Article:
Seiji bodily displays “disengagement” (Goodwin, 2002) from Fujio’s storyline momentarily as he asks this question, thus indicating his “disalignment” (Stivers, 2008) with respect to the ongoing storytelling activity. Furthermore, Seiji’s body movements of turning his face away from the storyteller Fujio in the midst of Fujio’s story preface is considered to be his “oppositional alignment” (Goodwin et al., 2012) against Fujio to display his affective stance of disgust toward the target (i.e., pickled shallot chocolate) that Fujio mentions in his story. Seiji’s use of evaluative linguistic expressions together with his non-linguistic expressions through his facial expressions, gaze diversion, and body movements described above frames his affect-loaded question as solilo- quy (Hasegawa, 2006) , thus turning it into a self-directed rhetorical question, which does not regard an answer from the storyteller to be the relevant second pair part7. In fact, the storyteller Fujio does not respond to Seiji’s question and moves the story forward to continue describing pickled shallot chocolate from line 11. I suggest that the self-directed rhetorical question here is the unknowing story recipient’s strategy to display an intensely negative affective stance toward the item or event described in the story without interrupting the storytelling activity.

3.6. Affiliation and Disaffiliation of Affective Stance

The unknowing story recipients’ affective stance displayed in their affect-loaded questions may or may not be affiliated with the storyteller’s own affective stance, and affiliation and disaffiliation of affective stance between the storyteller and unknowing story recipients influence the trajectory of the storytelling sequence. As Goodwin (1986) pointed out, “an audience is not simply a collection of passive listeners, but rather a dynamic entity that can actively influence the interpretation that will be given a speaker’s talk” (p. 306). In the next two excerpts (Excerpts 9 and 10), I will explore how affiliation and disaffiliation of affective stance between the storyteller and unknowing story recipients are displayed and negotiated, and how affiliated and disaffiliated unknowing story recipients’ affective stance displayed in their affect-loaded questions influences the sequence of storytelling8. Excerpt 9 illustrates a case of affiliated affective stance between the storyteller and the unknowing story recipient. In Excerpt 9, where the storyteller Hiromi recounts her experience of watching a videotaped horror drama about a video with her friends, the unknowing story recipient asks an affect-loaded question, and then the storyteller shows her affiliation of affective stance with the unknowing story recipient through allo-repetition of the recipient’s emotion word.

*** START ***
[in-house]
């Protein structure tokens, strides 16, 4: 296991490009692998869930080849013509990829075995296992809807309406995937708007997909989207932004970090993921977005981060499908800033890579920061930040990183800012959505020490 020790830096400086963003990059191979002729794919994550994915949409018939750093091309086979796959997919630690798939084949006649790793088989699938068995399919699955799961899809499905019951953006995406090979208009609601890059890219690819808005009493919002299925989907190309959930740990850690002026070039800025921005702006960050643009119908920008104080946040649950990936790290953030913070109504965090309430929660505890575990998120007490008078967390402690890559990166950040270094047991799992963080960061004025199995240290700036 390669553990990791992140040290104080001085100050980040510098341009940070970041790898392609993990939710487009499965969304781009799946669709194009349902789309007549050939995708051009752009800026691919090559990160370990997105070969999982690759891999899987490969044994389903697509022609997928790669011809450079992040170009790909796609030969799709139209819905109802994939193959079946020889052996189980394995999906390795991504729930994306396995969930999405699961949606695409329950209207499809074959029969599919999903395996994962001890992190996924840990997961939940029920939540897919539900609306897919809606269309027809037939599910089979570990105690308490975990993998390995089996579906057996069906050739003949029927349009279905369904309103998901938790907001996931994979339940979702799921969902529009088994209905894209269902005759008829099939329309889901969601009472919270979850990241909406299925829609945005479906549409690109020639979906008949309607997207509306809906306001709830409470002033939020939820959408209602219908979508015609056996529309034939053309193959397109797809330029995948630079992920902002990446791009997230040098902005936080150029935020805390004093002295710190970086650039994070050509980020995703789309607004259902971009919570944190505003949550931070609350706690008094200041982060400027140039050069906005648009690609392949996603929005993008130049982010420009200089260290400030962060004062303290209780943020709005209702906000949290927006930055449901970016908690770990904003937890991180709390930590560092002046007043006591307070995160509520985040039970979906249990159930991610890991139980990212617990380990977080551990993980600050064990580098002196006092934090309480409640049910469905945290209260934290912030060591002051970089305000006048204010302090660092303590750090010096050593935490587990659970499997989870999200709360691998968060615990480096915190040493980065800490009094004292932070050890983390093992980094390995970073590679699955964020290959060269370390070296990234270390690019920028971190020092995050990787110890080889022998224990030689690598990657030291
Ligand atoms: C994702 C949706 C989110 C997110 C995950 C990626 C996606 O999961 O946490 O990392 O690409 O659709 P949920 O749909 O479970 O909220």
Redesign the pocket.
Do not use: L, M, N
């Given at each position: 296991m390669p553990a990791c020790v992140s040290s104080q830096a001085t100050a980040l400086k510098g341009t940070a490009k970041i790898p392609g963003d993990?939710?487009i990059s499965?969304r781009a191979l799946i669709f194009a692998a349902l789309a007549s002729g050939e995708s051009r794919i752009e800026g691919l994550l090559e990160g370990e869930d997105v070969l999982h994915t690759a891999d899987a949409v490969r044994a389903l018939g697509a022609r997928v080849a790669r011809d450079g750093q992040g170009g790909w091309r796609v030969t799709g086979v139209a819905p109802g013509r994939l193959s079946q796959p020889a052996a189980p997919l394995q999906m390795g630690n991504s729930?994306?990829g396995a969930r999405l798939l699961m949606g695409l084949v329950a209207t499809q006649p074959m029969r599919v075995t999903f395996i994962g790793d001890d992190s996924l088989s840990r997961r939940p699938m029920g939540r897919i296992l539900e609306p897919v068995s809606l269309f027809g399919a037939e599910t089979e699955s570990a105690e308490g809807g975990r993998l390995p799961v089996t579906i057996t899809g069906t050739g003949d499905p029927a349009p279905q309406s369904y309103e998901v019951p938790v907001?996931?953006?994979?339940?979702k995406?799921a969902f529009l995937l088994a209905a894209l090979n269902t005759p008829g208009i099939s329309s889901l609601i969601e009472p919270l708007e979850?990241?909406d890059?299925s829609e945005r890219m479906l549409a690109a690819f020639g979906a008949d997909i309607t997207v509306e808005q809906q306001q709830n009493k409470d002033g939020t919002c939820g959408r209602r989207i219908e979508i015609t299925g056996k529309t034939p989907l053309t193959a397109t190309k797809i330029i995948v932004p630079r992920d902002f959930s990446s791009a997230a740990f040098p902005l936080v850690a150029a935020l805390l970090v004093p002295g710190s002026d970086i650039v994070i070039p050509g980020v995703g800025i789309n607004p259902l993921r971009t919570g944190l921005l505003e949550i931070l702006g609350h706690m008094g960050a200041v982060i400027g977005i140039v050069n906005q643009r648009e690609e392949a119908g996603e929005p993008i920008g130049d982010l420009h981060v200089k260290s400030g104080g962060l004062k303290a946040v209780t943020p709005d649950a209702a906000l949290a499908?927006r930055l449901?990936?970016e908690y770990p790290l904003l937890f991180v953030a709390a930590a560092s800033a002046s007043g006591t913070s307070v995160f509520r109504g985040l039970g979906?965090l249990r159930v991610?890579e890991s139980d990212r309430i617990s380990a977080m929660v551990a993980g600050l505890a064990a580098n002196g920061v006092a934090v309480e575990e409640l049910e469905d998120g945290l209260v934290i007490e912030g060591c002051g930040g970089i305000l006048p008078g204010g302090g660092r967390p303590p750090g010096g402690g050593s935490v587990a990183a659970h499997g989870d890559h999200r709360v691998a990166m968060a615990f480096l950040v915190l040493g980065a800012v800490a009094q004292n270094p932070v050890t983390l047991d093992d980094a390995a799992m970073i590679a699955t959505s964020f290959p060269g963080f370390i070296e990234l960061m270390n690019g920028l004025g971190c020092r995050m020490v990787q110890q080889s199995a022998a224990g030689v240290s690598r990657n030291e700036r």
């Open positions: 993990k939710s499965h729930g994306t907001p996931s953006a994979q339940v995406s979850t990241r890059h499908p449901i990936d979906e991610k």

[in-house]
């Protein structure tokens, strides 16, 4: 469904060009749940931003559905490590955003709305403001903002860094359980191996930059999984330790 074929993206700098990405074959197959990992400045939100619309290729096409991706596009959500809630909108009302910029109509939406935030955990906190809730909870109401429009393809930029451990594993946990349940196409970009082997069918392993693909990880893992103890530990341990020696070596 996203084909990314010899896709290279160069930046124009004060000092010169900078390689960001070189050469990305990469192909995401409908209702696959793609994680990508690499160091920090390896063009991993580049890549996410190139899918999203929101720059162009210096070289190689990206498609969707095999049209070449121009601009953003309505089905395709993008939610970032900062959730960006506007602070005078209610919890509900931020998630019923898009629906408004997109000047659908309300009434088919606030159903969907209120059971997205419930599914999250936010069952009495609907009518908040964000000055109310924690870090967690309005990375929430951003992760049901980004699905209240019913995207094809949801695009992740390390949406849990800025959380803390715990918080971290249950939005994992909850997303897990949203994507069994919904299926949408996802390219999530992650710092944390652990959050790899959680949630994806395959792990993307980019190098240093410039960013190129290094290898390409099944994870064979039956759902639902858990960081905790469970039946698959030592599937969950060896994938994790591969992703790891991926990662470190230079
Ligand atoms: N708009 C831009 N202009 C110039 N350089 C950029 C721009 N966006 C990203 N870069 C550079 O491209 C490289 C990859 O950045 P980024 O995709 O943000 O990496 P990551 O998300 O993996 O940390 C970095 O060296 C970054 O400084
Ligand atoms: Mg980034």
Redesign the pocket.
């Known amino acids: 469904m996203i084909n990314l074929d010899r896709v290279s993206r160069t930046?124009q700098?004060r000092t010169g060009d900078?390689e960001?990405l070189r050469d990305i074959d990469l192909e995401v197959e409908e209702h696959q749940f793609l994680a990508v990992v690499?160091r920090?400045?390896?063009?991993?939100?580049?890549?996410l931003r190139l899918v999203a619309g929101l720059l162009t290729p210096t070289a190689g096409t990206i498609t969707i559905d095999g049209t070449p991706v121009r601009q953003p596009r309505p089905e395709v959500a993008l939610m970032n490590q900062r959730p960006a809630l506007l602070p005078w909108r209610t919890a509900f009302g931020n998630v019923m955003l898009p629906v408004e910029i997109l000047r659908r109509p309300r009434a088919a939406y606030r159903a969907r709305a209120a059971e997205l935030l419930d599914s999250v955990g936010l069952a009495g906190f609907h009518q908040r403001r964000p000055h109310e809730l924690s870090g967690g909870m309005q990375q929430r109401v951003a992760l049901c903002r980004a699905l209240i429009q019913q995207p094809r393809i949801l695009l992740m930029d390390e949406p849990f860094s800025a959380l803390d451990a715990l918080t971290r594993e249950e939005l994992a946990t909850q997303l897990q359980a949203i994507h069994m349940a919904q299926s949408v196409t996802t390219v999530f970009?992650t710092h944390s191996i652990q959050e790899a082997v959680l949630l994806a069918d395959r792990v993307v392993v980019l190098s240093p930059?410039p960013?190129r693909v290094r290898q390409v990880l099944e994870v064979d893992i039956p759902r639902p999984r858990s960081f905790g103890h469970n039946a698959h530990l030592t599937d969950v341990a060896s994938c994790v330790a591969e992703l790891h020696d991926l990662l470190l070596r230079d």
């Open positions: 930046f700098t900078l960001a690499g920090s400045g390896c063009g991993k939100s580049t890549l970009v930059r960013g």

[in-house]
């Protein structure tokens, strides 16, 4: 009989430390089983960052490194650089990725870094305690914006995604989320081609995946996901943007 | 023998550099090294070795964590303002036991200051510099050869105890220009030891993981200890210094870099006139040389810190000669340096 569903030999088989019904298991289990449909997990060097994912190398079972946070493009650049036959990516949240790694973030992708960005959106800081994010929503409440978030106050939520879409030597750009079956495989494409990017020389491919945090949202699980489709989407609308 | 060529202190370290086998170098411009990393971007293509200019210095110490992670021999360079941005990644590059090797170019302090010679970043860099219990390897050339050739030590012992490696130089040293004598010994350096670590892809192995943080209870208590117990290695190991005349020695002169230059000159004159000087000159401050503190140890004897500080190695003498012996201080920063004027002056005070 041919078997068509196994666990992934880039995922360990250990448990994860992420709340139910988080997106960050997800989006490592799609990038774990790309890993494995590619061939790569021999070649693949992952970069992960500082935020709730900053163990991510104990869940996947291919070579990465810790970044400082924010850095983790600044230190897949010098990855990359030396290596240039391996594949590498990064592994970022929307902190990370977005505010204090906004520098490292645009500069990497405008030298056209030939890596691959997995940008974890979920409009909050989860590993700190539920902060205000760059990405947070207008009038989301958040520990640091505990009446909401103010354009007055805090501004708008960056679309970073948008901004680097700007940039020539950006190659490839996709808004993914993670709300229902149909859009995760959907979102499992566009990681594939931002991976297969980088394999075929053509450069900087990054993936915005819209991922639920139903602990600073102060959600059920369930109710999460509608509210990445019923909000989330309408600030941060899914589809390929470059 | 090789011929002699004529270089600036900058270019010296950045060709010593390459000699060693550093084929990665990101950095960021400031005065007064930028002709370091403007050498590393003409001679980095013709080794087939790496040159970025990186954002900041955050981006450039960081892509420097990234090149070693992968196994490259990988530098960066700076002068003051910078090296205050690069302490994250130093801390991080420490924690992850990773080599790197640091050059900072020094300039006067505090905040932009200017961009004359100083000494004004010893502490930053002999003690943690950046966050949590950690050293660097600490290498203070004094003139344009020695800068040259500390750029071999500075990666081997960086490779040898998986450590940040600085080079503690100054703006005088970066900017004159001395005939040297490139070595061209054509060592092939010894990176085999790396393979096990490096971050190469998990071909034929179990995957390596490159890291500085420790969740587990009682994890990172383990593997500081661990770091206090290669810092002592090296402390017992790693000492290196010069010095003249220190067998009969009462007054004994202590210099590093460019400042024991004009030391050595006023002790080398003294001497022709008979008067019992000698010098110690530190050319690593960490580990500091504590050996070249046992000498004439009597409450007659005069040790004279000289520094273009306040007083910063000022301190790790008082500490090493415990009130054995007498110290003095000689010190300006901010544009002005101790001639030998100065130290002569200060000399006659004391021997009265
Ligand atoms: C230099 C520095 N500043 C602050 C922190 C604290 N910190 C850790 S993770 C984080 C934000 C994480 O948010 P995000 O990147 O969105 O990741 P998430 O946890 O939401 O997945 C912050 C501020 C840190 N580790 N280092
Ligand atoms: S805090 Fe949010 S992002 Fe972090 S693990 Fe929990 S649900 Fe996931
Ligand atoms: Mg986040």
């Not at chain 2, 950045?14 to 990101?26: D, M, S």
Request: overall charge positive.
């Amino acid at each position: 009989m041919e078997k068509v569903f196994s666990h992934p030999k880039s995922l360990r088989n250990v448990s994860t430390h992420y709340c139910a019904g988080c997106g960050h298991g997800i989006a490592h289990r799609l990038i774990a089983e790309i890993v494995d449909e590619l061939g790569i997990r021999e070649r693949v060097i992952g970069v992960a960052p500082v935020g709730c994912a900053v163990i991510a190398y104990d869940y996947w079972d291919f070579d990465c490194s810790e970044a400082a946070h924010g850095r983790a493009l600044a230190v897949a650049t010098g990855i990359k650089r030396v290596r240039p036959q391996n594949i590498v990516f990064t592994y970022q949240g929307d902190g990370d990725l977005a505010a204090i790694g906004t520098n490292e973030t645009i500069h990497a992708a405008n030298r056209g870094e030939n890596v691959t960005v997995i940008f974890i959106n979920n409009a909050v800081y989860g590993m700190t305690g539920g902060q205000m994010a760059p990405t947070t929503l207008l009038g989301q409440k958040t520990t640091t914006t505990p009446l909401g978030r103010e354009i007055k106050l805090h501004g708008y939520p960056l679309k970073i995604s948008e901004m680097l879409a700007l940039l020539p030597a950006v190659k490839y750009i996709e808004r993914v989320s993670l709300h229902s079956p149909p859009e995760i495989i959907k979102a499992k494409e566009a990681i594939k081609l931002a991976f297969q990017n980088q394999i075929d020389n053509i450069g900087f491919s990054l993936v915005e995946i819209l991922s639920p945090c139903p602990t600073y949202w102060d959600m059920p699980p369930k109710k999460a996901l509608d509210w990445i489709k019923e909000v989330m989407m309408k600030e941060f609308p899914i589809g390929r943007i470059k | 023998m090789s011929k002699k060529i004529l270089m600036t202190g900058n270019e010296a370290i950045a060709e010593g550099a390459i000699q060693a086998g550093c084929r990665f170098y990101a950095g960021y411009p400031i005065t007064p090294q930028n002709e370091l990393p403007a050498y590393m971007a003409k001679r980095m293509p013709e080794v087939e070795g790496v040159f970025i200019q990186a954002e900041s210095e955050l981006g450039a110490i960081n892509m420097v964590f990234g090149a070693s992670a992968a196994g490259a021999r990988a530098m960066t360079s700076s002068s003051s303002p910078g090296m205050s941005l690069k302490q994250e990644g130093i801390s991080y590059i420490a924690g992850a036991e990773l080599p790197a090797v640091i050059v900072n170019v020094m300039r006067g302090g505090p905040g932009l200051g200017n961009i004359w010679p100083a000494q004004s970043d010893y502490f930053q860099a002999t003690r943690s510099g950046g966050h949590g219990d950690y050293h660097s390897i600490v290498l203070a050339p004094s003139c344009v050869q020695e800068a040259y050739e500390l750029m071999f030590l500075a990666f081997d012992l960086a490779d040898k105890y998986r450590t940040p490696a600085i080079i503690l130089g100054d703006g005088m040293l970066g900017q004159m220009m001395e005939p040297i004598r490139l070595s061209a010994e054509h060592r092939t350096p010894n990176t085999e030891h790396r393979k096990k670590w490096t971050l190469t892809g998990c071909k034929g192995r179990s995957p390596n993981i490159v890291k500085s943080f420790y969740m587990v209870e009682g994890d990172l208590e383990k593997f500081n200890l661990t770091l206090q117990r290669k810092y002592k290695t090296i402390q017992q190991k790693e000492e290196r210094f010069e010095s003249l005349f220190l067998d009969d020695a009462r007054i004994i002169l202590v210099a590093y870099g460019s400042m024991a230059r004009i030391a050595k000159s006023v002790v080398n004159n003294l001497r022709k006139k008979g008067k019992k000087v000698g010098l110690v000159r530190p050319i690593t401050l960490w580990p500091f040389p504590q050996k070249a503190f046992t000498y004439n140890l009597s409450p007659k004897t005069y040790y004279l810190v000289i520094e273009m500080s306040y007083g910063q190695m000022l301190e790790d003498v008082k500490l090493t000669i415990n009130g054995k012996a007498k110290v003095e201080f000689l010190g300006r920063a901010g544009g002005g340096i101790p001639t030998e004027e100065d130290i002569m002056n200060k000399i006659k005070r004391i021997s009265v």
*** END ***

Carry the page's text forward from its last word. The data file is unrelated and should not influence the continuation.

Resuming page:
Excerpt 9: “Ring”

18 Hiromi: sono onnaji ryoo ni sunde-ta tomodachi ga: chotto bideo de mitai dorama ga an-nen kedo

hitori-de yoo miihin-nen [tte minna o heya ni atsumete:,

Um, (my) friend living in the same dorm said, “(I) have a video drama that (I) want to watch, but (I) can’t watch (it) alone”, and (she) gathered everyone (in the dorm) together to (her) room, and,

19 Ikuyo: [a:::. hh


20 Hiromi: ˚h de >nanka< (0.2) so- to- saisho nan no hanashi ka wakaran to,

And, like, (we) didn’t know what kind of story (it) was at first,

21 Ikuyo: [un.


22 Hiromi: [minna nani nani tte nanka chotto kowai rashii-n [ya kedo tte,=

everyone said “What? What?” “Like, (it) seems a little scary, but”,

23 Ikuyo: [un.


24 Hiromi: =e, soo na-n? toka tte koo: okashi tabe-nagara ˚h mite-tara:,

“Oh, is (that) so?”, and when (we) were watching (it) while eating snacks like this,

25 Ikuyo: un.


26 Hiromi: bideo no [hanashi ya::n.

(it) was a story about a video.

27à Ikuyo: [me(h)cha ko(h)wa(h)i-no::?

awfully scary-SE

(It)’s awfully scary?

28 Hiromi: [bideo no [hanashi o bideo de mite-ru kara=

(we) were watching a story about a video on the video, so,

29 Ikuyo: [hhhhhhhhh

30 Junko: [hhhh

31à Hiromi: =go(h)ttsu(h)u ko(h)wa(h)ku(h)te mo(h)o::. hhhh

(it) was extremely scary, really.

32 Ikuyo: shichueeshon ga issho [na-n ya.

(Your) situation (of watching the video) is the same (as the story of the horror drama).

33 Hiromi: [>soo. soo. soo. <

Right. Right. Right.

((Hiromi’s story continues.))